After undergoing a 78-day incubation, one of the longest of all birds, a rare kiwi chick hatched last week at the San Diego Zoo’s Avian Propagation Center. Animal care staff made the decision to intervene with the hatching of this newest chick when it didn’t proceed as it should.
Unlike most birds, it is the father kiwi that incubates the enormous egg. The female is nearby and will sometimes lay a second egg a few weeks later. When hatching, a kiwi chick typically pokes a ring at the top of the egg with its beak, allowing it to emerge from the top of the egg. This chick accidentally poked its legs through the bottom of the egg, making it difficult to emerge. Staff monitoring the chick carefully taped the bottom of the egg to give the chick the opportunity to hatch on its own, but after the chick was still unsuccessful, keepers peeled back part of the shell to assist with the hatching.
Animal care staff will continue to monitor the chick, measuring its weight and observing the young bird in a brooder over the next few weeks.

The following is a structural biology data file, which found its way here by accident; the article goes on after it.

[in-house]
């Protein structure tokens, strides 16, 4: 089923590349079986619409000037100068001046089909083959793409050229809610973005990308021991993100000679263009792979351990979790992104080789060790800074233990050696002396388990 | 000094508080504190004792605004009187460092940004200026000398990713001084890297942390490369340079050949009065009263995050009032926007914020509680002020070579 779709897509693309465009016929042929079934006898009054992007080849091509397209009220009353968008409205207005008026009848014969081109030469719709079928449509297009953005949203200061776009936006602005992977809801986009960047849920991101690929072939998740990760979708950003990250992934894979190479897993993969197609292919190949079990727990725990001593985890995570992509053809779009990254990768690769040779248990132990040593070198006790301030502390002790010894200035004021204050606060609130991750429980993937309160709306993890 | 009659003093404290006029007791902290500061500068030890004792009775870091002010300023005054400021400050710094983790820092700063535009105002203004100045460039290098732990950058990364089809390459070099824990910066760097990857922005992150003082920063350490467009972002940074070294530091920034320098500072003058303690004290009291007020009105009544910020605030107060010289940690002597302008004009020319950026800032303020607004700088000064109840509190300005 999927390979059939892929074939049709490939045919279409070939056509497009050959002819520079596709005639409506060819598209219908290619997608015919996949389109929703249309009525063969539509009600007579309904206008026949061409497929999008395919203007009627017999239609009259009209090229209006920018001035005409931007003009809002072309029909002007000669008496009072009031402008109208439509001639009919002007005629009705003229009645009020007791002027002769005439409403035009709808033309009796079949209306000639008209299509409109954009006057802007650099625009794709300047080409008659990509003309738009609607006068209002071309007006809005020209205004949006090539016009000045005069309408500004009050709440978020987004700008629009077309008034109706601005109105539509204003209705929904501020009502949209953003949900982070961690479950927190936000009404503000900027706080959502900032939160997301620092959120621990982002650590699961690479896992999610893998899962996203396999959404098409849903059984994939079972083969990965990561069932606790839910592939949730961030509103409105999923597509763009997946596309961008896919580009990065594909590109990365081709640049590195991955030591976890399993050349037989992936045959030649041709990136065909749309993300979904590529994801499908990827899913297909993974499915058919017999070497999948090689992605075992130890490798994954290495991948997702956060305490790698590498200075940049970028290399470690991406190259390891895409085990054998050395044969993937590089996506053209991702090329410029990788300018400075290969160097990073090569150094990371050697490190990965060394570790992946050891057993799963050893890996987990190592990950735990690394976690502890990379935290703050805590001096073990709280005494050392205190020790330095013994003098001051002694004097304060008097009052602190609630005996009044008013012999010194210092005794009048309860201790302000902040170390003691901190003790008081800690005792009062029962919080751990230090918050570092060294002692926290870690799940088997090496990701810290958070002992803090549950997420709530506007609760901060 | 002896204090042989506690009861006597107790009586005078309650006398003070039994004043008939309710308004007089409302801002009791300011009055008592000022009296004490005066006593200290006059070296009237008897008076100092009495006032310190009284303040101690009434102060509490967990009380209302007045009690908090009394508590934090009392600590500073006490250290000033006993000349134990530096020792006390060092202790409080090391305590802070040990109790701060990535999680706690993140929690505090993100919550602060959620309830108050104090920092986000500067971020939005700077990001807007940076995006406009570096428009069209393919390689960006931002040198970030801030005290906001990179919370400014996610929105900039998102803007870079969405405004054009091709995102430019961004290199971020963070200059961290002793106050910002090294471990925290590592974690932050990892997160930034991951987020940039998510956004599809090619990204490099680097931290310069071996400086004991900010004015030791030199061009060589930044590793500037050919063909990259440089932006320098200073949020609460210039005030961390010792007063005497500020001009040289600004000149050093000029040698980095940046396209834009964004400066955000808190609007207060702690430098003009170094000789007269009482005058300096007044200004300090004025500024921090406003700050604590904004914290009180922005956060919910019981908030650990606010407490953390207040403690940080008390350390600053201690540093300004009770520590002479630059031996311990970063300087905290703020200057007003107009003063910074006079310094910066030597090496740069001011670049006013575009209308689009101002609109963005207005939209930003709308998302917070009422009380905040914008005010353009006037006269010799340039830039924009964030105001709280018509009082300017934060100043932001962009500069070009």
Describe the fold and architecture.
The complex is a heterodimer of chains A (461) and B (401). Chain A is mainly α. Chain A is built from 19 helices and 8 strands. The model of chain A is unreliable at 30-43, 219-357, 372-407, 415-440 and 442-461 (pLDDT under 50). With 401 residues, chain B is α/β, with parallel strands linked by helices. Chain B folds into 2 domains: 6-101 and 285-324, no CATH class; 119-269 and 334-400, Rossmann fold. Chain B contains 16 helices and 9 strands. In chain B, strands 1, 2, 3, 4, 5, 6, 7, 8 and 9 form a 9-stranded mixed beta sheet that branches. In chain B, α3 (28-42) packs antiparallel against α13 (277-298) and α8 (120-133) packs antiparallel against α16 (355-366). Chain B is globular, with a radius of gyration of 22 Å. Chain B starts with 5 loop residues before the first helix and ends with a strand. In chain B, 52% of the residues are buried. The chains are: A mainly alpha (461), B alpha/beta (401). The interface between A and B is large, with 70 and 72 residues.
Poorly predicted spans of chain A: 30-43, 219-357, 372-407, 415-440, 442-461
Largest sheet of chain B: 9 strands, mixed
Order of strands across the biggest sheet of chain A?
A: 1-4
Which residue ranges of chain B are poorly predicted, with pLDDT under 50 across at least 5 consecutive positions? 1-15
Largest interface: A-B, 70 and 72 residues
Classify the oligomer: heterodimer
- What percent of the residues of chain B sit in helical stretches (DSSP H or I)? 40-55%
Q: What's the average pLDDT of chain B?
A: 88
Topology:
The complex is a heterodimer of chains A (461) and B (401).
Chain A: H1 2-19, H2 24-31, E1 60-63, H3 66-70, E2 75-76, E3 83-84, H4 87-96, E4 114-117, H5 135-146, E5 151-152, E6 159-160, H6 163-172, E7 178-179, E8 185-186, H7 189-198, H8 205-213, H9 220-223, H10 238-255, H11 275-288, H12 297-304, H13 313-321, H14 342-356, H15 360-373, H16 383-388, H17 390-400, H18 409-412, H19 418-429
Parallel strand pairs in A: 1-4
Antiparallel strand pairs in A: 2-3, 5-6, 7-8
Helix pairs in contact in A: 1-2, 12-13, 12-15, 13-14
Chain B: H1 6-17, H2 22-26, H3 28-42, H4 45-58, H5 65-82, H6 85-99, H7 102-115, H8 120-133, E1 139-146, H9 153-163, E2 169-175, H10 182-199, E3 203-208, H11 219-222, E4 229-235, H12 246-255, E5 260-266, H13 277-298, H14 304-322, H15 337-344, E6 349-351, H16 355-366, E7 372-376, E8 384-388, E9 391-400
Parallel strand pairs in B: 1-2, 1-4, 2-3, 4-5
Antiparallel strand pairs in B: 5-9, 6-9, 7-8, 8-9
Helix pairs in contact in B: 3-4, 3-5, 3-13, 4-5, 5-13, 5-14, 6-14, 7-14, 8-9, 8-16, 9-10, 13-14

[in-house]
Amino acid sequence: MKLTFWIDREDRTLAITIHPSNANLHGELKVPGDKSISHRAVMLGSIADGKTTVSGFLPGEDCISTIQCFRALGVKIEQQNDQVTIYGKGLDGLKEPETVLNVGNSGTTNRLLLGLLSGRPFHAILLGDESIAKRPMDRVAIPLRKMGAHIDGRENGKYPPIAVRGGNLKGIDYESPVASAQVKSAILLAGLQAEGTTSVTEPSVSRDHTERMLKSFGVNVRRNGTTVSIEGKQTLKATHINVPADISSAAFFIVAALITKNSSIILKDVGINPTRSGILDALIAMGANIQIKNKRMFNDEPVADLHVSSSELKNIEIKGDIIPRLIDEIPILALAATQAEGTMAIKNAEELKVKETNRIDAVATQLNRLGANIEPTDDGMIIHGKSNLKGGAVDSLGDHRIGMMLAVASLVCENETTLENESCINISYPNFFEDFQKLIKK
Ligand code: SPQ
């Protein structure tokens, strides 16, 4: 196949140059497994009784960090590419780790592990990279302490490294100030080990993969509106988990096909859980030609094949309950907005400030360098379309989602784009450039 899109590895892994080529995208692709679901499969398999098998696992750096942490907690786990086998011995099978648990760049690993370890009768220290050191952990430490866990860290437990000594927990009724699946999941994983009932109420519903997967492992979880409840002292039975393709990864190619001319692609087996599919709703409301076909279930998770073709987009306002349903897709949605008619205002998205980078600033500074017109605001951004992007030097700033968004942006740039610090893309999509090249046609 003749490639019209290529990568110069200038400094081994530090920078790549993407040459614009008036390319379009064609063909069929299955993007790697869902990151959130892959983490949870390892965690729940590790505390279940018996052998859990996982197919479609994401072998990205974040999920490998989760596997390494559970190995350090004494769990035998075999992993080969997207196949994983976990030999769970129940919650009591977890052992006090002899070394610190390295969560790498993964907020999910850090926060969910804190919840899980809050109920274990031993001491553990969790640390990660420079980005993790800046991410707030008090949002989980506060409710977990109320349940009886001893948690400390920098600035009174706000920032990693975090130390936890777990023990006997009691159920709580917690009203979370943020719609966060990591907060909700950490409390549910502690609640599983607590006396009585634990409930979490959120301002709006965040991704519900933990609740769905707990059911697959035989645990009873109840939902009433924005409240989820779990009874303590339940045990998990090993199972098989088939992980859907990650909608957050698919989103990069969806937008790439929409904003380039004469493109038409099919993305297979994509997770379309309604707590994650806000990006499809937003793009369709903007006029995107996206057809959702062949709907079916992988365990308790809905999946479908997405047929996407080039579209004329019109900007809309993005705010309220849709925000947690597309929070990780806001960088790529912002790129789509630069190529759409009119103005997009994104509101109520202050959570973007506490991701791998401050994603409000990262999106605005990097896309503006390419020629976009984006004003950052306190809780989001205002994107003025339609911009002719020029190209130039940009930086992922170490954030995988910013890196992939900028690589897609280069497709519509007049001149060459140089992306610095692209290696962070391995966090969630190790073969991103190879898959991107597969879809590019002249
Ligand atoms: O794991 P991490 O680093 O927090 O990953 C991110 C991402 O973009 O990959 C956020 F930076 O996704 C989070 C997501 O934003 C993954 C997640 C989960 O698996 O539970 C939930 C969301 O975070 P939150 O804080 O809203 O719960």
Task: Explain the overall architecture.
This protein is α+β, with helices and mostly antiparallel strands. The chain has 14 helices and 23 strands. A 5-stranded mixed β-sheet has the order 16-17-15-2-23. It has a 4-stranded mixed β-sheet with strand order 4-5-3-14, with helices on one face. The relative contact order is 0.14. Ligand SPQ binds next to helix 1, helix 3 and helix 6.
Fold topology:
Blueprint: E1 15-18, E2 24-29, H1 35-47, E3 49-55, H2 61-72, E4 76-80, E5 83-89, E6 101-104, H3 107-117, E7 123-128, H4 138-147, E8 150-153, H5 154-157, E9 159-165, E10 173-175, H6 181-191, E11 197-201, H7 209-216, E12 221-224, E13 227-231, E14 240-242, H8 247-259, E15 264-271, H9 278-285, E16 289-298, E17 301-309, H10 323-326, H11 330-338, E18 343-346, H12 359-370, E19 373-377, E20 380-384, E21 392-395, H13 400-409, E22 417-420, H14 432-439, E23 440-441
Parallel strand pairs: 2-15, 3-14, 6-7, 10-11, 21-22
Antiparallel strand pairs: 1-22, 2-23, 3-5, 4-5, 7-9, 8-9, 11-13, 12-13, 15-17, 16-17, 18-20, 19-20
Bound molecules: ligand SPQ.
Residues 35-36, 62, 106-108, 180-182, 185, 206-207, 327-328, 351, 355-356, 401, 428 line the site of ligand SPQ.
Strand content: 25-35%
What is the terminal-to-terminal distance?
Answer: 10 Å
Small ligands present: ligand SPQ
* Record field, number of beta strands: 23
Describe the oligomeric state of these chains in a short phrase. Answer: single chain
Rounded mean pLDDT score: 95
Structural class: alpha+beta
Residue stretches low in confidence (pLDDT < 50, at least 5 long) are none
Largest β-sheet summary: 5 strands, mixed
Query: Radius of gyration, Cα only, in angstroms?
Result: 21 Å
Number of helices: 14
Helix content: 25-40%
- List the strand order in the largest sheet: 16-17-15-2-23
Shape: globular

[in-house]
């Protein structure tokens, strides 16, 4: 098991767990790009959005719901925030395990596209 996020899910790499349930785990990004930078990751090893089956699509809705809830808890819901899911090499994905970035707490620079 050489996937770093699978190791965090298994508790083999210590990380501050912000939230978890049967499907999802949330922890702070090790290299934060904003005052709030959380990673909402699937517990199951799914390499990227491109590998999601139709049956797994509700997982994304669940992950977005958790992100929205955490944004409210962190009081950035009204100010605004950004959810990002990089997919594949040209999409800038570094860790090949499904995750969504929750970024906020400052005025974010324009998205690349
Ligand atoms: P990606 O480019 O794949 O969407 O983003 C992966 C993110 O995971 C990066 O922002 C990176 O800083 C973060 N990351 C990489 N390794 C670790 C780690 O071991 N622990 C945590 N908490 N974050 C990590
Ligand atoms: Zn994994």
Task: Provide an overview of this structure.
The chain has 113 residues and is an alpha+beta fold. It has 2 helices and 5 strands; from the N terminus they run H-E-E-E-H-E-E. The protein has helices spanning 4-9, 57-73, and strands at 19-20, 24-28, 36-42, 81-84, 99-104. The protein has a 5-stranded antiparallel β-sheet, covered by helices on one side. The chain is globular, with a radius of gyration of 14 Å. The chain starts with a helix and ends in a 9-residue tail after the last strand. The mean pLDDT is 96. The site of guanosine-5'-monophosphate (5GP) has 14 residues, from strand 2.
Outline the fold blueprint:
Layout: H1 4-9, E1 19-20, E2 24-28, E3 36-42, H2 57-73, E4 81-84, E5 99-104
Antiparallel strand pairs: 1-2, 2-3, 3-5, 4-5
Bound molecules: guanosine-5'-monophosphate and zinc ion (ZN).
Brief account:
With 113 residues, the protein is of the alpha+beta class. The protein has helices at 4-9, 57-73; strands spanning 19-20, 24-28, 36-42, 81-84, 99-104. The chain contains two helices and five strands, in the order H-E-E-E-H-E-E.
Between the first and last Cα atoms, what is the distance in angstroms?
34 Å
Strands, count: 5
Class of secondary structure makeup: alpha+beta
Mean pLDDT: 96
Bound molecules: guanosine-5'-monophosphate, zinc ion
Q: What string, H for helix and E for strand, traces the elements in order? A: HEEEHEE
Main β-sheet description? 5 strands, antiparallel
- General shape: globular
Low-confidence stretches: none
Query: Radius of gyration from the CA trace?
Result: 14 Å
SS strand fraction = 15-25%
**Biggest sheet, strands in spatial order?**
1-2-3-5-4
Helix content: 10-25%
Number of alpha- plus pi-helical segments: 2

“Kiwis are very unusual. When they hatch, they just sleep for several days,” said Dave Rimlinger, curator of birds for the San Diego Zoo. “They don’t eat, we don’t feed them, and the reason is they have a lot of the yolk still inside their body and they absorb that for several days. We will just monitor the chick to make sure the temperature and humidity is right (in the brooder) and in several days we will start feeding the chick.”
This is the first kiwi hatch at the San Diego Zoo in 10 years, making this hatch extremely significant. The San Diego Zoo is one of just six zoos in the United States working with these endangered birds. Currently, there are four brown kiwis at the Zoo, all living in off-exhibit areas.